Thursday 25 June 2015


They look such an idyllic family group, don't they? So much a part of the canal scene that the Canal and River Trust used them as part of its logo.

But the swan family at our mooring as we were packing up to leave this morning decided I was a threat of some sort and moved into attack mode. All I was doing was standing on the gunnel tidying the pram cover that I had just collapsed ready for cruising. But old Cob, he began a-hissing and a-pecking until I decided he was a threat to me. I can honestly say that, pacifist-minded as I am, I have never kicked a swan before. And I don't think he can ever have been kicked before, because he looked most offended as he straightened his neck again. Given the urban myth about how many of your bones a swan can break I had no concerns that I was likely to do him any damage. But I did then get the boat hook off the roof and wave it in his direction, and he seemed to find that alarming enough for him to move his little family across the canal.

Compared to that, the Preston Brook tunnel was relatively benign.

Getting into the tunnel is actually the hardest part, as it's hard to pick up the line it's taking until you are properly shrouded in gloom yourself. Thereafter you have a headlamp, kitchen lights and a torch to guide you as, like yesterday's tunnels, it follows a more sinuous track than seems strictly necessary.

After the tunnel it wasn't far to the junction, where we turned left to go down to Runcorn. What's in a name? Some people probably hear "corn" and think of a pastoral idyll. I hear "rhinoceros horn" and think of danger. The initial approach down this arm of the canal is pleasant enough, with a stretch dominated by what I take to be a water tower.

I found it quite hard to get a photo, because the combination of distance, auto-focus and the camera's anti-shake system seems to mean it seizes on the first glimpse of the tower it can make sense of, and holds it instead of letting you frame the picture properly. This wouldn't be so bad if the photographer wasn't also the steerer, by now heading for the opposite bank. I took five shots of the tower, and most of them were a disaster – though I didn't hit the bank.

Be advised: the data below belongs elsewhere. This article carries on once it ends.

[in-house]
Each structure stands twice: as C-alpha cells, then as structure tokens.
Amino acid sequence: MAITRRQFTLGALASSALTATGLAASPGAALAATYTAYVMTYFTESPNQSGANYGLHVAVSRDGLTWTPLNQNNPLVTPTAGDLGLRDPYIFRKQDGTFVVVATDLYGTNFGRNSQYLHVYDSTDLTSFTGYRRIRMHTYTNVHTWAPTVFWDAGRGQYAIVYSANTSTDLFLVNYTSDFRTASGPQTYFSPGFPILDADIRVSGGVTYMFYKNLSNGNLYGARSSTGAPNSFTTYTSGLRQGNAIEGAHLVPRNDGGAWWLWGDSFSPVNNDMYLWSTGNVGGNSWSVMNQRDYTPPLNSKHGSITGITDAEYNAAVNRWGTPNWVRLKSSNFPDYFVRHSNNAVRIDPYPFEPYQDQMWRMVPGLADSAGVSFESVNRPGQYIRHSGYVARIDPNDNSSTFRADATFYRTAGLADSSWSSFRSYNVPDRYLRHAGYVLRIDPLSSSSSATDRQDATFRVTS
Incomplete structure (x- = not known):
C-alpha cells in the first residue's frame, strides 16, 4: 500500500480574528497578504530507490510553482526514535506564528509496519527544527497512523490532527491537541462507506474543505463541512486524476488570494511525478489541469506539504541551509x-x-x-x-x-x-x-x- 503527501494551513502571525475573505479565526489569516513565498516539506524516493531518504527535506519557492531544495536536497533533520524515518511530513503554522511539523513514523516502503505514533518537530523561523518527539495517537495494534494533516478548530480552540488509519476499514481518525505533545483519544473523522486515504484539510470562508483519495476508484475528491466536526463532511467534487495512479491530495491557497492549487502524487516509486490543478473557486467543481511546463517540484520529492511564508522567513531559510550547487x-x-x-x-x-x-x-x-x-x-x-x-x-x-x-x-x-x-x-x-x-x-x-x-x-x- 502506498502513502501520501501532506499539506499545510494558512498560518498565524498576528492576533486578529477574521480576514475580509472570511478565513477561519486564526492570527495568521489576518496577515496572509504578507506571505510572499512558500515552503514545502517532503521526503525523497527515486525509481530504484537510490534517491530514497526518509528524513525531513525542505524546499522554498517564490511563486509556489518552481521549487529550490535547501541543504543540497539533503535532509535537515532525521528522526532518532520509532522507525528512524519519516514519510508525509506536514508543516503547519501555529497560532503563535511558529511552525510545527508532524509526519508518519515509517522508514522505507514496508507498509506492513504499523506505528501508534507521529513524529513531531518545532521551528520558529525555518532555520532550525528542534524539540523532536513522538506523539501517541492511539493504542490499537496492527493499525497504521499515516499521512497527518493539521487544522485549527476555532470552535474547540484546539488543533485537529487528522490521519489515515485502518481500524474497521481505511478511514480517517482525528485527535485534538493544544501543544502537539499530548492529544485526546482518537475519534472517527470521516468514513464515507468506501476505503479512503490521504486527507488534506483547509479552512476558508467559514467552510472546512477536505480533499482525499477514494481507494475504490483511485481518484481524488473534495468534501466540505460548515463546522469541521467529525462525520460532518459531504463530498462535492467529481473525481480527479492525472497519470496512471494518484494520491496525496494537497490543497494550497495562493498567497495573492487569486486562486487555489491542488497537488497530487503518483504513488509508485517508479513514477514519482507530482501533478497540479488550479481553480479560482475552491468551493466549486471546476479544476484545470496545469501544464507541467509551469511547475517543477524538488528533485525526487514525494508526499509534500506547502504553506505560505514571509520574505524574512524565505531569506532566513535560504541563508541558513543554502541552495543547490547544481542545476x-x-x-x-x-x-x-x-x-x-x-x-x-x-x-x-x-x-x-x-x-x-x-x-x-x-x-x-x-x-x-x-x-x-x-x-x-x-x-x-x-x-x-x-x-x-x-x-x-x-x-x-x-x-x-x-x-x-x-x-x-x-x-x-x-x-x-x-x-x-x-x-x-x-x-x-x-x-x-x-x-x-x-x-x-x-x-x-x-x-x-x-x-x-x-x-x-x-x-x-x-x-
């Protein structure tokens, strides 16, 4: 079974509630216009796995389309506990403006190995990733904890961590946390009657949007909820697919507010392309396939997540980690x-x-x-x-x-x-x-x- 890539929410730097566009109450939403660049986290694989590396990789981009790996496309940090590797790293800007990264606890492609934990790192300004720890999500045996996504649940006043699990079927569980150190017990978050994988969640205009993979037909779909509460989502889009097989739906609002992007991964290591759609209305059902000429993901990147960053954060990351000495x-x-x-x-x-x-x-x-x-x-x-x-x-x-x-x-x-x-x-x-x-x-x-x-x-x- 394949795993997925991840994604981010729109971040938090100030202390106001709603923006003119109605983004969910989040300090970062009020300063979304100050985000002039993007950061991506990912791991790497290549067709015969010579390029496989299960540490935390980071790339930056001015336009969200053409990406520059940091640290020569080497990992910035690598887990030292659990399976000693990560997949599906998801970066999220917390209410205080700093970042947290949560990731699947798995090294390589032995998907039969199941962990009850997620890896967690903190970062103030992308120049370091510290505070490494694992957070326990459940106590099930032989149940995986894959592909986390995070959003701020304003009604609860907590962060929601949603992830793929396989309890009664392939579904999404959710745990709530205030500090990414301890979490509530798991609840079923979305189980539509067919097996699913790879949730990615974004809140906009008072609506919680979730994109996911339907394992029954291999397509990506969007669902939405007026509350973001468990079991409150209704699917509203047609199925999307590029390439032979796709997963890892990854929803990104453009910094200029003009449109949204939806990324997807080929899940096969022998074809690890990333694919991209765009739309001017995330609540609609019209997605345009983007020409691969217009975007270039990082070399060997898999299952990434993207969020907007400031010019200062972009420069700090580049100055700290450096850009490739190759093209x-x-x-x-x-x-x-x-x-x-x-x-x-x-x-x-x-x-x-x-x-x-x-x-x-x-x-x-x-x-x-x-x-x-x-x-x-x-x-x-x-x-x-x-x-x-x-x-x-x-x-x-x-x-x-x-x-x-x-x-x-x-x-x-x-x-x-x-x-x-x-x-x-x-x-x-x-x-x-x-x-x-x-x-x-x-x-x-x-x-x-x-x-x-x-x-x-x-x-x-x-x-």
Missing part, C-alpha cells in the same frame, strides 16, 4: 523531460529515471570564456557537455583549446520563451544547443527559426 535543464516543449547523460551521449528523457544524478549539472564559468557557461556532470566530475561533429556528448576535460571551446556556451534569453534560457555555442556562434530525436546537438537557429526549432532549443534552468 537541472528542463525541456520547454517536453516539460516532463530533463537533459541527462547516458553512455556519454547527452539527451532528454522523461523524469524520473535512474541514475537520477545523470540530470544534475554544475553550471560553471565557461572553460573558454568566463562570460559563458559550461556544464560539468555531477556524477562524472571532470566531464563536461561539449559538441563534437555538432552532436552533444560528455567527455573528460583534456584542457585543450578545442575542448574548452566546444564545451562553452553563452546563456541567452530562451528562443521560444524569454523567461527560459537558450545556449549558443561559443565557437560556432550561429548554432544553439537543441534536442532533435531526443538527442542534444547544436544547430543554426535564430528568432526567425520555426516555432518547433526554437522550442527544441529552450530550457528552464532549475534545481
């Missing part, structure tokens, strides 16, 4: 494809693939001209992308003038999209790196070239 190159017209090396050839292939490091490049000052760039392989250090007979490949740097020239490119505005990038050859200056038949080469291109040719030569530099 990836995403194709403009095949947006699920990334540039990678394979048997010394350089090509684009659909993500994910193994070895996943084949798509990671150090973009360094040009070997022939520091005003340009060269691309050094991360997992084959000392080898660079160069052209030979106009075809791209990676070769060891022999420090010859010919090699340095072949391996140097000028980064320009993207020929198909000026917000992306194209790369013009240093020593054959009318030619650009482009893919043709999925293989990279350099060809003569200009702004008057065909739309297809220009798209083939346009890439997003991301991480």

As you get further into the town, the need for a safe haven becomes more apparent and, fortunately, this is just what the Bridgewater Motor Boat Club provides.

They are a very friendly bunch, though quite relieved I only wanted to stay one night as there is some sort of Commodore's affair starting tomorrow and boats will be arriving. But our reason for coming to Runcorn this time (last autumn it was part of our plan to visit most of the north-west fringes) is to pick up some sound insulation panels we've ordered. Hopefully they'll be delivered in the morning and we'll be on our way. More about that another time.


  1. It could be the weather. The swan family from a mile along the Bridgwater and Taunton canal (which I overlook) has come down today into the territory of the local swan family, and there has been aggressive posturing going on all day. We wonder whether it is actually a deliberate education of the cygnets (8 across the two families) in the etiquette of fights and territory protection.

    1. Well, well. Something along the lines of: "OK lads, you're getting to be big boys now. That's enough duck food. Time to show you how to treat these boaters as you should." !